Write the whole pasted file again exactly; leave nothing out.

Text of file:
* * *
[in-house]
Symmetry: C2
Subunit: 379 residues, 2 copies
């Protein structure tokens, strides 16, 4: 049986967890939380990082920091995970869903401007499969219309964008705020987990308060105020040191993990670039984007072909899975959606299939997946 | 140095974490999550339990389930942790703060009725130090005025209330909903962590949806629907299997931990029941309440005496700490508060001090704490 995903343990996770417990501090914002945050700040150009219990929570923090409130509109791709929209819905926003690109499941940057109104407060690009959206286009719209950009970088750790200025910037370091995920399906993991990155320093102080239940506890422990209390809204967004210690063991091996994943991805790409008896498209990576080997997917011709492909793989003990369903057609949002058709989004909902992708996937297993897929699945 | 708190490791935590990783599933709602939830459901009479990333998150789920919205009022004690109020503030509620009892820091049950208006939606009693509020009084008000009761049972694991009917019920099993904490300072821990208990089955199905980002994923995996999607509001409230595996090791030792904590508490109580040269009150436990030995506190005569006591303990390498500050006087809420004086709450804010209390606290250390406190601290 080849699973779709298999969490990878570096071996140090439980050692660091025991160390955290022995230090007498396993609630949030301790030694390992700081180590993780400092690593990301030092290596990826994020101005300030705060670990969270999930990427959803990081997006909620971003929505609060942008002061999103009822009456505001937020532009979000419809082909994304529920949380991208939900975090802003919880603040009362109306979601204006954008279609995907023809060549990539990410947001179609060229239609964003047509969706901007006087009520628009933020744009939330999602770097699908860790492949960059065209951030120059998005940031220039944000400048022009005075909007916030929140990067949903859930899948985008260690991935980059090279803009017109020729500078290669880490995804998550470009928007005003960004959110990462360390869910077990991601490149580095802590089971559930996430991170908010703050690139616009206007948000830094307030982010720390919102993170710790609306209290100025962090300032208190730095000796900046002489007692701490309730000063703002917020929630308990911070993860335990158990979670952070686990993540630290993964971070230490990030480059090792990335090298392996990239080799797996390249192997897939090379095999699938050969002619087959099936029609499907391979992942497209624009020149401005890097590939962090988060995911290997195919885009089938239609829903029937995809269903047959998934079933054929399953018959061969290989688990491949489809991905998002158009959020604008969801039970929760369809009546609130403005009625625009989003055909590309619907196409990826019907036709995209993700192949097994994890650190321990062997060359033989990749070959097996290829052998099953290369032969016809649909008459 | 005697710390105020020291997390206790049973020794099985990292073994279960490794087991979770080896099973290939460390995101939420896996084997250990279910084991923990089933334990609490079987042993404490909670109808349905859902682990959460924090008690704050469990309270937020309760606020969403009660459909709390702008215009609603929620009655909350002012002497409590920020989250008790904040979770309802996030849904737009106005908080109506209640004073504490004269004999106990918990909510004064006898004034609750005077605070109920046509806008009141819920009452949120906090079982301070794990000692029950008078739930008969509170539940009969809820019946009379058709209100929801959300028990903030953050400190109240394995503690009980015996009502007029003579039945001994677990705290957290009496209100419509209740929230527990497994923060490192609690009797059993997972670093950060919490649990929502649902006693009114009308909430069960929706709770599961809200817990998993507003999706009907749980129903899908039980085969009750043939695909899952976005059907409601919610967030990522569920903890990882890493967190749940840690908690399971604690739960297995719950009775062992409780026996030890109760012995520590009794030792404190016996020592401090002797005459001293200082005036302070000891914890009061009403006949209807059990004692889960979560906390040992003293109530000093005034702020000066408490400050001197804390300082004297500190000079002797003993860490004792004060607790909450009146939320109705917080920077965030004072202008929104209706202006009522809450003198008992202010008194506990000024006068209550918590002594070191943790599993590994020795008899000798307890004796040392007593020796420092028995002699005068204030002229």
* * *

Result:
[in-house]
Symmetry: C2
Subunit: 379 residues, 2 copies
């Protein structure tokens, strides 16, 4: 049986967890939380990082920091995970869903401007499969219309964008705020987990308060105020040191993990670039984007072909899975959606299939997946 | 140095974490999550339990389930942790703060009725130090005025209330909903962590949806629907299997931990029941309440005496700490508060001090704490 995903343990996770417990501090914002945050700040150009219990929570923090409130509109791709929209819905926003690109499941940057109104407060690009959206286009719209950009970088750790200025910037370091995920399906993991990155320093102080239940506890422990209390809204967004210690063991091996994943991805790409008896498209990576080997997917011709492909793989003990369903057609949002058709989004909902992708996937297993897929699945 | 708190490791935590990783599933709602939830459901009479990333998150789920919205009022004690109020503030509620009892820091049950208006939606009693509020009084008000009761049972694991009917019920099993904490300072821990208990089955199905980002994923995996999607509001409230595996090791030792904590508490109580040269009150436990030995506190005569006591303990390498500050006087809420004086709450804010209390606290250390406190601290 080849699973779709298999969490990878570096071996140090439980050692660091025991160390955290022995230090007498396993609630949030301790030694390992700081180590993780400092690593990301030092290596990826994020101005300030705060670990969270999930990427959803990081997006909620971003929505609060942008002061999103009822009456505001937020532009979000419809082909994304529920949380991208939900975090802003919880603040009362109306979601204006954008279609995907023809060549990539990410947001179609060229239609964003047509969706901007006087009520628009933020744009939330999602770097699908860790492949960059065209951030120059998005940031220039944000400048022009005075909007916030929140990067949903859930899948985008260690991935980059090279803009017109020729500078290669880490995804998550470009928007005003960004959110990462360390869910077990991601490149580095802590089971559930996430991170908010703050690139616009206007948000830094307030982010720390919102993170710790609306209290100025962090300032208190730095000796900046002489007692701490309730000063703002917020929630308990911070993860335990158990979670952070686990993540630290993964971070230490990030480059090792990335090298392996990239080799797996390249192997897939090379095999699938050969002619087959099936029609499907391979992942497209624009020149401005890097590939962090988060995911290997195919885009089938239609829903029937995809269903047959998934079933054929399953018959061969290989688990491949489809991905998002158009959020604008969801039970929760369809009546609130403005009625625009989003055909590309619907196409990826019907036709995209993700192949097994994890650190321990062997060359033989990749070959097996290829052998099953290369032969016809649909008459 | 005697710390105020020291997390206790049973020794099985990292073994279960490794087991979770080896099973290939460390995101939420896996084997250990279910084991923990089933334990609490079987042993404490909670109808349905859902682990959460924090008690704050469990309270937020309760606020969403009660459909709390702008215009609603929620009655909350002012002497409590920020989250008790904040979770309802996030849904737009106005908080109506209640004073504490004269004999106990918990909510004064006898004034609750005077605070109920046509806008009141819920009452949120906090079982301070794990000692029950008078739930008969509170539940009969809820019946009379058709209100929801959300028990903030953050400190109240394995503690009980015996009502007029003579039945001994677990705290957290009496209100419509209740929230527990497994923060490192609690009797059993997972670093950060919490649990929502649902006693009114009308909430069960929706709770599961809200817990998993507003999706009907749980129903899908039980085969009750043939695909899952976005059907409601919610967030990522569920903890990882890493967190749940840690908690399971604690739960297995719950009775062992409780026996030890109760012995520590009794030792404190016996020592401090002797005459001293200082005036302070000891914890009061009403006949209807059990004692889960979560906390040992003293109530000093005034702020000066408490400050001197804390300082004297500190000079002797003993860490004792004060607790909450009146939320109705917080920077965030004072202008929104209706202006009522809450003198008992202010008194506990000024006068209550918590002594070191943790599993590994020795008899000798307890004796040392007593020796420092028995002699005068204030002229």